The behavior of the forced initialization method under adverse, but realistic, circumstances (See Figure 1 below and Sidebar Story at the end of this article) was obtained from simulation of a process in which there was a considerable difference in response of the two process variables to movement of the valve. In addition to dead time, Figure 1’s PV#1 exhibits a very slow response to control action, whereas PV#2 responds quite rapidly, both to control action and to disturbances. The simulation shows what can happen under similar, adverse circumstances. Under milder circumstances, such as a slow load disturbance on the faster loop, these conditions would probably not be observed. Even under milder conditions, however, noisy systems can adversely affect the logic that determines the selected and non-selected controllers, and cause unpredictable results.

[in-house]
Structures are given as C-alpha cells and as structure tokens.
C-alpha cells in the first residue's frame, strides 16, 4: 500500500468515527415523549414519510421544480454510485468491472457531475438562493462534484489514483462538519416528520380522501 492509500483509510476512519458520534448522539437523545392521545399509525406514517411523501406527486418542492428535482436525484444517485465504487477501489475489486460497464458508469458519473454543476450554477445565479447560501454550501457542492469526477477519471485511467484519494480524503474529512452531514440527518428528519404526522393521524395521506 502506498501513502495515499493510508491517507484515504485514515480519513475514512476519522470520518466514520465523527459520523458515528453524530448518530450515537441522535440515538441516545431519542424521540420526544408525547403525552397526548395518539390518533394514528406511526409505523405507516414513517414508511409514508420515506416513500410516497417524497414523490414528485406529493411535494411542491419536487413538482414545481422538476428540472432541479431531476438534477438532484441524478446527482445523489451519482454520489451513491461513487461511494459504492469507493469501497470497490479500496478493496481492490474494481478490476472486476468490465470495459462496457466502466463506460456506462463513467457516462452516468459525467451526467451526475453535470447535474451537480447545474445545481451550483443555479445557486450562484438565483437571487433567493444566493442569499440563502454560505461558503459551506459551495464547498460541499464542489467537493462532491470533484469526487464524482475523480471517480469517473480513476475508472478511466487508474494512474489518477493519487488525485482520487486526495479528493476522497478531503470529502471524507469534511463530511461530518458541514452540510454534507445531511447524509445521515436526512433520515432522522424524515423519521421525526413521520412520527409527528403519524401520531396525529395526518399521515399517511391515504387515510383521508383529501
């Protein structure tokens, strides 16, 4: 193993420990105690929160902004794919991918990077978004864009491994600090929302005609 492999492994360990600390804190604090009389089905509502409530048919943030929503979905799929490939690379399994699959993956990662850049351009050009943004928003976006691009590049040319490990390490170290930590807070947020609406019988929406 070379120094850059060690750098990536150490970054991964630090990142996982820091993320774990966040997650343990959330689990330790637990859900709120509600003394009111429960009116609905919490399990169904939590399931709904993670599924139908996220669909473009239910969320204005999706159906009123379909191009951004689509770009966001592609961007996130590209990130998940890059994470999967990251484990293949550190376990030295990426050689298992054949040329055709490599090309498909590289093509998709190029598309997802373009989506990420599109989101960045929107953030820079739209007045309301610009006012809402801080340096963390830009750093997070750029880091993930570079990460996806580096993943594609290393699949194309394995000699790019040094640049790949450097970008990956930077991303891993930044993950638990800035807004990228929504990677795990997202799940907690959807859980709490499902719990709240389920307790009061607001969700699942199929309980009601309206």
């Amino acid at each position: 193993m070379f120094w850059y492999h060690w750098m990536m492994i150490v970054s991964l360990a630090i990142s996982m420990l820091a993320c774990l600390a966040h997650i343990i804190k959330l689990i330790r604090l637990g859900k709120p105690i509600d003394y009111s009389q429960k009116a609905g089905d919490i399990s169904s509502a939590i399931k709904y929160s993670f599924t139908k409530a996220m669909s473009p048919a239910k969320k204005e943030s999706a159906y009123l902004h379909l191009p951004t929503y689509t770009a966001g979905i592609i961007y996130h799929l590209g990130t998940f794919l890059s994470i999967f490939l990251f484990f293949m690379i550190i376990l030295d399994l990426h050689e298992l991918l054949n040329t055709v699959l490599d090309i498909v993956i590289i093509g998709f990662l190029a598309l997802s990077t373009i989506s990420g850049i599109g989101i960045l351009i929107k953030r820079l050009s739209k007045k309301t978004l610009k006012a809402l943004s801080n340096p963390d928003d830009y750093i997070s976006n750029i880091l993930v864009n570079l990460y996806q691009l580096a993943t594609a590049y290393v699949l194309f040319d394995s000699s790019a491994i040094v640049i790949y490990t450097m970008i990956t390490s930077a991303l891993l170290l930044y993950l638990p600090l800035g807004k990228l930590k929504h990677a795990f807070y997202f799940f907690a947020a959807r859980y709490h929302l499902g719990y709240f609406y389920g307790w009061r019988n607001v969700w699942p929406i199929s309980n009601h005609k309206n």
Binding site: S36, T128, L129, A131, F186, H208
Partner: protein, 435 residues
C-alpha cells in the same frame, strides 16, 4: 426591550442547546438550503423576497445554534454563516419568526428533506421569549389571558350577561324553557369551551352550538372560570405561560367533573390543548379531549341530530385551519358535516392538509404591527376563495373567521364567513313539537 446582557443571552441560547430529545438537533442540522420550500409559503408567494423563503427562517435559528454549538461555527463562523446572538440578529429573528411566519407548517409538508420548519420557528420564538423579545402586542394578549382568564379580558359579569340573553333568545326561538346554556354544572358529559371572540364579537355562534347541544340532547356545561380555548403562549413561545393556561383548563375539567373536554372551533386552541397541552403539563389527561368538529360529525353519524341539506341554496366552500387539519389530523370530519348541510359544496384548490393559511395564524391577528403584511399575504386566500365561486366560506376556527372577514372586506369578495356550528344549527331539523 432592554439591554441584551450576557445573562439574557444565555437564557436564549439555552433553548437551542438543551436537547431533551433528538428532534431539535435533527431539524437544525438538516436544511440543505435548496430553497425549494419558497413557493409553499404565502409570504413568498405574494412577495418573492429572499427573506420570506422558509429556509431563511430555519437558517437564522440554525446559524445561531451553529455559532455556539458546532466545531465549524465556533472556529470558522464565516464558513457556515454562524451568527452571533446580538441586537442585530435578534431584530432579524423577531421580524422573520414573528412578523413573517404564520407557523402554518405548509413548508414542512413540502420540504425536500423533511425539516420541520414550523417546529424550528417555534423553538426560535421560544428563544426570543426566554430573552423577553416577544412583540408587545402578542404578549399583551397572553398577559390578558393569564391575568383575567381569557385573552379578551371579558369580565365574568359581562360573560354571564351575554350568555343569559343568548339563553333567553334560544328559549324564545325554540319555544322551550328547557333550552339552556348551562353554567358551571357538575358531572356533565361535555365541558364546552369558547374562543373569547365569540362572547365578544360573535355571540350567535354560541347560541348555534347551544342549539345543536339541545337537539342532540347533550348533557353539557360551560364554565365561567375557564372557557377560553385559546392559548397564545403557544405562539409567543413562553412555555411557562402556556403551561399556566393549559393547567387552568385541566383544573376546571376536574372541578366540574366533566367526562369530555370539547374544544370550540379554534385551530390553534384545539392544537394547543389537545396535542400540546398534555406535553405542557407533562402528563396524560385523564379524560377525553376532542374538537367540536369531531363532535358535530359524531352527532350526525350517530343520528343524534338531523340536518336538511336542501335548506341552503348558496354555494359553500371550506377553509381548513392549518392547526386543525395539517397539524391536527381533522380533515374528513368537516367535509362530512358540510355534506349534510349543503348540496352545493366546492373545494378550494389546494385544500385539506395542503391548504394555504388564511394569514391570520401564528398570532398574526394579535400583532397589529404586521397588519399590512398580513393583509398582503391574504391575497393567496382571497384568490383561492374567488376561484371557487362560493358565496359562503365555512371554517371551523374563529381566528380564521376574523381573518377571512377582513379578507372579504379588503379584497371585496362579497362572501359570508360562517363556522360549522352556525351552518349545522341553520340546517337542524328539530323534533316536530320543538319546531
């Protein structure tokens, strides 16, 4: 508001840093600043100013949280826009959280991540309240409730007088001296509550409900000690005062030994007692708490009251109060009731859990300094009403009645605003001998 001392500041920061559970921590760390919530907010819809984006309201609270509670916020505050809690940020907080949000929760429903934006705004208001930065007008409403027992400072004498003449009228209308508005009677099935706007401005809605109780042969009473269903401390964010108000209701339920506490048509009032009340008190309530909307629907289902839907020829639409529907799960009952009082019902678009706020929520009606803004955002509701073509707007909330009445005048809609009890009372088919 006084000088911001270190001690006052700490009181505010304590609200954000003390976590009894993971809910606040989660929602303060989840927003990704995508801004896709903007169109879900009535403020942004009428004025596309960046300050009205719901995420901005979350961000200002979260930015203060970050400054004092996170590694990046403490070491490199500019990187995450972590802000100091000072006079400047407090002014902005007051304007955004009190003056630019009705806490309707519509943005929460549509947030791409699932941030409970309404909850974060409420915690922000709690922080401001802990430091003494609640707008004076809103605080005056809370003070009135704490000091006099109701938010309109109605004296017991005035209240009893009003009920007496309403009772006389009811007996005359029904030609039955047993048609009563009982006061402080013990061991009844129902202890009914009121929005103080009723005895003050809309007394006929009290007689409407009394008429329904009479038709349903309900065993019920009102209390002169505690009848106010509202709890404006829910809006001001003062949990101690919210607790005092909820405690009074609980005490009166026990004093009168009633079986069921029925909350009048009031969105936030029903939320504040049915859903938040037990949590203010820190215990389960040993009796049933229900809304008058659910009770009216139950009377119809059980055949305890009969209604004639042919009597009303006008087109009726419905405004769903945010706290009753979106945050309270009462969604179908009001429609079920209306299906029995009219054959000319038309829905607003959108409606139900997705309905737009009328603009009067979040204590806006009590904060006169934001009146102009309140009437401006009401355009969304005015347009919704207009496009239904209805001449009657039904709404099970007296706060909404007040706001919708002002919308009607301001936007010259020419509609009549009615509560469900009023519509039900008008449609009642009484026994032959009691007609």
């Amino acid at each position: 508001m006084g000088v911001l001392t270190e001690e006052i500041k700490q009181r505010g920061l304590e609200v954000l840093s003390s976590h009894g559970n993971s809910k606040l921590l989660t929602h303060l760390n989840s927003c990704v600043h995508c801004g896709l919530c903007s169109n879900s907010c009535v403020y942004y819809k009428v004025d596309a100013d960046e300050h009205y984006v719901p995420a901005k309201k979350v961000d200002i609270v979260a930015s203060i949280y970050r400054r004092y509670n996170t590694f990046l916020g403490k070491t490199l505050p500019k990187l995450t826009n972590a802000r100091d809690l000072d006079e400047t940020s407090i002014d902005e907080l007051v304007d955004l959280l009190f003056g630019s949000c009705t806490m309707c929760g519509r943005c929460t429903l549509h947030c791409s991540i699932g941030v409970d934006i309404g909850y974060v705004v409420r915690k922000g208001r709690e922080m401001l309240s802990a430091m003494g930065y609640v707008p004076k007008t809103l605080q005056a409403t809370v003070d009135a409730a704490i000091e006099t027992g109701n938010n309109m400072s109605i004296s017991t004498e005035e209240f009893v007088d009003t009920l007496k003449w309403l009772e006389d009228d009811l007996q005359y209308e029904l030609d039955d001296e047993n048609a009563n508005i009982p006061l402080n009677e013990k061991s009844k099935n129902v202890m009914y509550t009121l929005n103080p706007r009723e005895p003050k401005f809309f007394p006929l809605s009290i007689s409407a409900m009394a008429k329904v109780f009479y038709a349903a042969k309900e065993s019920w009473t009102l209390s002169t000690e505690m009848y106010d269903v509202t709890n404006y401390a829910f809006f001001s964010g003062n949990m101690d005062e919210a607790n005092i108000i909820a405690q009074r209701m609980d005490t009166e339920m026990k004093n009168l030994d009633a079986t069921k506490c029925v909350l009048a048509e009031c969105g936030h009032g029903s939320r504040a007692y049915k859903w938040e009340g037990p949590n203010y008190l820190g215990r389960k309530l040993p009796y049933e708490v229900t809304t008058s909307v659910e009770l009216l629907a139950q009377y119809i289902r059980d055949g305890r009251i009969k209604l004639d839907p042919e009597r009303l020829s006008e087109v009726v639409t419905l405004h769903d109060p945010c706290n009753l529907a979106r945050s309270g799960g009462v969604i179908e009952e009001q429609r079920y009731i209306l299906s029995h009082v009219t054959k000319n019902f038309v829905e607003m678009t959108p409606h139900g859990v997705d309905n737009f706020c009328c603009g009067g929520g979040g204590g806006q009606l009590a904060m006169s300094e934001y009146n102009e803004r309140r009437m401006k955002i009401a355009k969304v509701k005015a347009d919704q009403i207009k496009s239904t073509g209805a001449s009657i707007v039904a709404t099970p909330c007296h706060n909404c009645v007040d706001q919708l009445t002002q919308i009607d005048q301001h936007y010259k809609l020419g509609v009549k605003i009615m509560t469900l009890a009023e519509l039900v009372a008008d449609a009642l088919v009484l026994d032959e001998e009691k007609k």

Possible behavior of the forced initialization implementation method.

The discussion above assumes the use of position mode PID algorithms. Some manufacturers use velocity mode algorithms. The incremental change (Δm) of each controller is added to a register value representing the previously desired output position of that controller. The selector is effectively operating between desired positions, not incremental changes. Logic within the selector adjusts the output of the non-selected controller to be equal to the output of the selected controller, plus the gain-times-error of the non-selected loop. In essence, this method should have the same behavior as the forced initialization method using position mode algorithms.